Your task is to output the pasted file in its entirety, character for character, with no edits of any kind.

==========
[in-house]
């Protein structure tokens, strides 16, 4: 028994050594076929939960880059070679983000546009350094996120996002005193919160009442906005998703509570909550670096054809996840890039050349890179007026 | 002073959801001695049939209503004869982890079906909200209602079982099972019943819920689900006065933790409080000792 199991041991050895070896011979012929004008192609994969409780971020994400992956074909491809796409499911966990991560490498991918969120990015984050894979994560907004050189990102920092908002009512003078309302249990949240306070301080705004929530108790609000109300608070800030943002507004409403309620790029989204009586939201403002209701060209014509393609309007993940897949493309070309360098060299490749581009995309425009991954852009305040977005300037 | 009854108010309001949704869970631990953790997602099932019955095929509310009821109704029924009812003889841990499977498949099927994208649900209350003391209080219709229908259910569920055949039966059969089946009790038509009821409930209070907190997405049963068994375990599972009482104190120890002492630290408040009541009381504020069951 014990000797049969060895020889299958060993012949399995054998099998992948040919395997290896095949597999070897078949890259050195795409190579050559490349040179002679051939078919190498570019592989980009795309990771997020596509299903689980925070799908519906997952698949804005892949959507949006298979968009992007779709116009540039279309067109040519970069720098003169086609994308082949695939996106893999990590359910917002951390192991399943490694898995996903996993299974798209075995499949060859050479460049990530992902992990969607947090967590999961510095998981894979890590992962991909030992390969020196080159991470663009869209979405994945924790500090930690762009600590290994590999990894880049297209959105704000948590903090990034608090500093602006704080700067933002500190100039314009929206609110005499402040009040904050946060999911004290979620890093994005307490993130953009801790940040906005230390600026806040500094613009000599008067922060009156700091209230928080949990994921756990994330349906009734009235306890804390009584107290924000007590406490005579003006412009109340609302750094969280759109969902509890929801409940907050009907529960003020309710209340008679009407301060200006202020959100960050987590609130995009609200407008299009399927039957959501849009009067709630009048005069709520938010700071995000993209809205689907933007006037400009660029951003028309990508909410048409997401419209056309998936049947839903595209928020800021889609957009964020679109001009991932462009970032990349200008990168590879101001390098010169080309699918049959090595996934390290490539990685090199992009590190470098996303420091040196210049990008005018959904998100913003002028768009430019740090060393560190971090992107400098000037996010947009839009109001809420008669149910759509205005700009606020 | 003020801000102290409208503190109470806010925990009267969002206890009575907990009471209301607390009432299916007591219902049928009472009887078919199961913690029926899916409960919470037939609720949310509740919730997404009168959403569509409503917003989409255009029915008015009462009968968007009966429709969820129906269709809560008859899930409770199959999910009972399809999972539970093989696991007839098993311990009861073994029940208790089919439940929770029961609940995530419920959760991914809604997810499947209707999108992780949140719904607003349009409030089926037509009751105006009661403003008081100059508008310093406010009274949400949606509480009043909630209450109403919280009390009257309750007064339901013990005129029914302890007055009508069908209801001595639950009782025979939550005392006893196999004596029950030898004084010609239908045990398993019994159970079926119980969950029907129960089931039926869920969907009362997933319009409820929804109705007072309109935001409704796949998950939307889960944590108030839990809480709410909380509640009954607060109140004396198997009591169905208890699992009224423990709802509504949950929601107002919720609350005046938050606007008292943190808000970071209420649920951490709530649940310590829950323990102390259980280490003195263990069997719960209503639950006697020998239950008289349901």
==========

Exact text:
[in-house]
């Protein structure tokens, strides 16, 4: 028994050594076929939960880059070679983000546009350094996120996002005193919160009442906005998703509570909550670096054809996840890039050349890179007026 | 002073959801001695049939209503004869982890079906909200209602079982099972019943819920689900006065933790409080000792 199991041991050895070896011979012929004008192609994969409780971020994400992956074909491809796409499911966990991560490498991918969120990015984050894979994560907004050189990102920092908002009512003078309302249990949240306070301080705004929530108790609000109300608070800030943002507004409403309620790029989204009586939201403002209701060209014509393609309007993940897949493309070309360098060299490749581009995309425009991954852009305040977005300037 | 009854108010309001949704869970631990953790997602099932019955095929509310009821109704029924009812003889841990499977498949099927994208649900209350003391209080219709229908259910569920055949039966059969089946009790038509009821409930209070907190997405049963068994375990599972009482104190120890002492630290408040009541009381504020069951 014990000797049969060895020889299958060993012949399995054998099998992948040919395997290896095949597999070897078949890259050195795409190579050559490349040179002679051939078919190498570019592989980009795309990771997020596509299903689980925070799908519906997952698949804005892949959507949006298979968009992007779709116009540039279309067109040519970069720098003169086609994308082949695939996106893999990590359910917002951390192991399943490694898995996903996993299974798209075995499949060859050479460049990530992902992990969607947090967590999961510095998981894979890590992962991909030992390969020196080159991470663009869209979405994945924790500090930690762009600590290994590999990894880049297209959105704000948590903090990034608090500093602006704080700067933002500190100039314009929206609110005499402040009040904050946060999911004290979620890093994005307490993130953009801790940040906005230390600026806040500094613009000599008067922060009156700091209230928080949990994921756990994330349906009734009235306890804390009584107290924000007590406490005579003006412009109340609302750094969280759109969902509890929801409940907050009907529960003020309710209340008679009407301060200006202020959100960050987590609130995009609200407008299009399927039957959501849009009067709630009048005069709520938010700071995000993209809205689907933007006037400009660029951003028309990508909410048409997401419209056309998936049947839903595209928020800021889609957009964020679109001009991932462009970032990349200008990168590879101001390098010169080309699918049959090595996934390290490539990685090199992009590190470098996303420091040196210049990008005018959904998100913003002028768009430019740090060393560190971090992107400098000037996010947009839009109001809420008669149910759509205005700009606020 | 003020801000102290409208503190109470806010925990009267969002206890009575907990009471209301607390009432299916007591219902049928009472009887078919199961913690029926899916409960919470037939609720949310509740919730997404009168959403569509409503917003989409255009029915008015009462009968968007009966429709969820129906269709809560008859899930409770199959999910009972399809999972539970093989696991007839098993311990009861073994029940208790089919439940929770029961609940995530419920959760991914809604997810499947209707999108992780949140719904607003349009409030089926037509009751105006009661403003008081100059508008310093406010009274949400949606509480009043909630209450109403919280009390009257309750007064339901013990005129029914302890007055009508069908209801001595639950009782025979939550005392006893196999004596029950030898004084010609239908045990398993019994159970079926119980969950029907129960089931039926869920969907009362997933319009409820929804109705007072309109935001409704796949998950939307889960944590108030839990809480709410909380509640009954607060109140004396198997009591169905208890699992009224423990709802509504949950929601107002919720609350005046938050606007008292943190808000970071209420649920951490709530649940310590829950323990102390259980280490003195263990069997719960209503639950006697020998239950008289349901």